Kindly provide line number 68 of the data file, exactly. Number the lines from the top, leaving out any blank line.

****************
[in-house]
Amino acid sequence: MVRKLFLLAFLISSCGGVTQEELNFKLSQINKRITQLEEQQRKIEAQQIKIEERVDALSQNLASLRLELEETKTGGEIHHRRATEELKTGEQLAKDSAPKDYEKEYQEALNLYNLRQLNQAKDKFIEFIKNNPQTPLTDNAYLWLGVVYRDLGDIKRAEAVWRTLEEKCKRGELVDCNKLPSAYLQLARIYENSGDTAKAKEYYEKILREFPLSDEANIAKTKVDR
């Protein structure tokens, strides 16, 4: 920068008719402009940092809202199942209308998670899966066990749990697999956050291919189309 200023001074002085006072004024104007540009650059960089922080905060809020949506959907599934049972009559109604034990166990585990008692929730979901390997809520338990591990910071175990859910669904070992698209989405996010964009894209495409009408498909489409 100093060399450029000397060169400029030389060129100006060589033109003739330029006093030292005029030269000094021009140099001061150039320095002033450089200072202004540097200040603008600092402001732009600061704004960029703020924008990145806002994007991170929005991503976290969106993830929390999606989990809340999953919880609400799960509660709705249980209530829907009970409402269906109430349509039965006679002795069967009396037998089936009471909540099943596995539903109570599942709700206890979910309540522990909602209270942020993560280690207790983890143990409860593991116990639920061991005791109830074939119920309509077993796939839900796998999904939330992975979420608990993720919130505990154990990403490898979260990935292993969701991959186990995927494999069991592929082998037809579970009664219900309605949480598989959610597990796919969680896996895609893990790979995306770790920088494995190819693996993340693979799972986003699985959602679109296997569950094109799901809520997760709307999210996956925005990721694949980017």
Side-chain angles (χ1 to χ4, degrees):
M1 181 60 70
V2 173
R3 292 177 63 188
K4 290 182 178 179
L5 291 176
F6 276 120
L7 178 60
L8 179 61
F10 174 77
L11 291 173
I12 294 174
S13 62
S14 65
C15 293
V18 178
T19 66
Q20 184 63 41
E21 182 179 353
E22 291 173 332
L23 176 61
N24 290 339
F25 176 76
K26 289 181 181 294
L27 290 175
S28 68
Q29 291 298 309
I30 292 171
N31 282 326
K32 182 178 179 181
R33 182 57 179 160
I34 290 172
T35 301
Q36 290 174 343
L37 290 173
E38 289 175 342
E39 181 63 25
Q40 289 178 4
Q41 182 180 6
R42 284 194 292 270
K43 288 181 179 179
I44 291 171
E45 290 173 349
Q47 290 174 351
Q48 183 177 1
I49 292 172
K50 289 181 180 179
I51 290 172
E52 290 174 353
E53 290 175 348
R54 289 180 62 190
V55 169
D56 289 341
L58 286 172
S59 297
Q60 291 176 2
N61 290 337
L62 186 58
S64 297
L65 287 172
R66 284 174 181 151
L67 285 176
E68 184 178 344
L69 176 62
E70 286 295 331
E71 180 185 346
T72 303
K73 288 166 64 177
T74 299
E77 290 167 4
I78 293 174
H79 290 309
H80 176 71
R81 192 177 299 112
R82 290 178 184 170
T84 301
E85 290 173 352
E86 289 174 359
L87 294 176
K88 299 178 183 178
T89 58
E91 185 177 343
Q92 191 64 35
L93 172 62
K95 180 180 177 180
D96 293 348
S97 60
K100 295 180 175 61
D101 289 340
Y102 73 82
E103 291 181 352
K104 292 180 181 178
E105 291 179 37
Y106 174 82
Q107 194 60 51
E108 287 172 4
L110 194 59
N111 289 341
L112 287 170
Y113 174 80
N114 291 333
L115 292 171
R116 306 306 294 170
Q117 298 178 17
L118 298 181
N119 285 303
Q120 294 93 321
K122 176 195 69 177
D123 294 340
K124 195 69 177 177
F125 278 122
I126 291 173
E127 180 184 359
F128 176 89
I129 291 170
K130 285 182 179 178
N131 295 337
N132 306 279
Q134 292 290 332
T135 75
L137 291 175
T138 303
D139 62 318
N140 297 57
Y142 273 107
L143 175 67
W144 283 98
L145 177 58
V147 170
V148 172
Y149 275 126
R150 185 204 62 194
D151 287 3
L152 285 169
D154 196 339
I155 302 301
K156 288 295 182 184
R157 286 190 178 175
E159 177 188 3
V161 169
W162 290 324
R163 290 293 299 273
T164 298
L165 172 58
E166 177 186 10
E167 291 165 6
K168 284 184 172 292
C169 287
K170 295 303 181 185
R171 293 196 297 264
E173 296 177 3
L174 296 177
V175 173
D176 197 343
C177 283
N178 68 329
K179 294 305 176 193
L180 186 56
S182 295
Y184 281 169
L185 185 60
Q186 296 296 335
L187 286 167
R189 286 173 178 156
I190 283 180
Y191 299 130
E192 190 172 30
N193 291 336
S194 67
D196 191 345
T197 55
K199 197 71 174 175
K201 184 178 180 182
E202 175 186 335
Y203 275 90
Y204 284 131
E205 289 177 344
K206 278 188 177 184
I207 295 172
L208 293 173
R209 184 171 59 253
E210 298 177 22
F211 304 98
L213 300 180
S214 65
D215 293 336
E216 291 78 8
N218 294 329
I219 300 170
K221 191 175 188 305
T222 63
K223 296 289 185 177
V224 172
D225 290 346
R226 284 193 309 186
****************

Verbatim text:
E70 286 295 331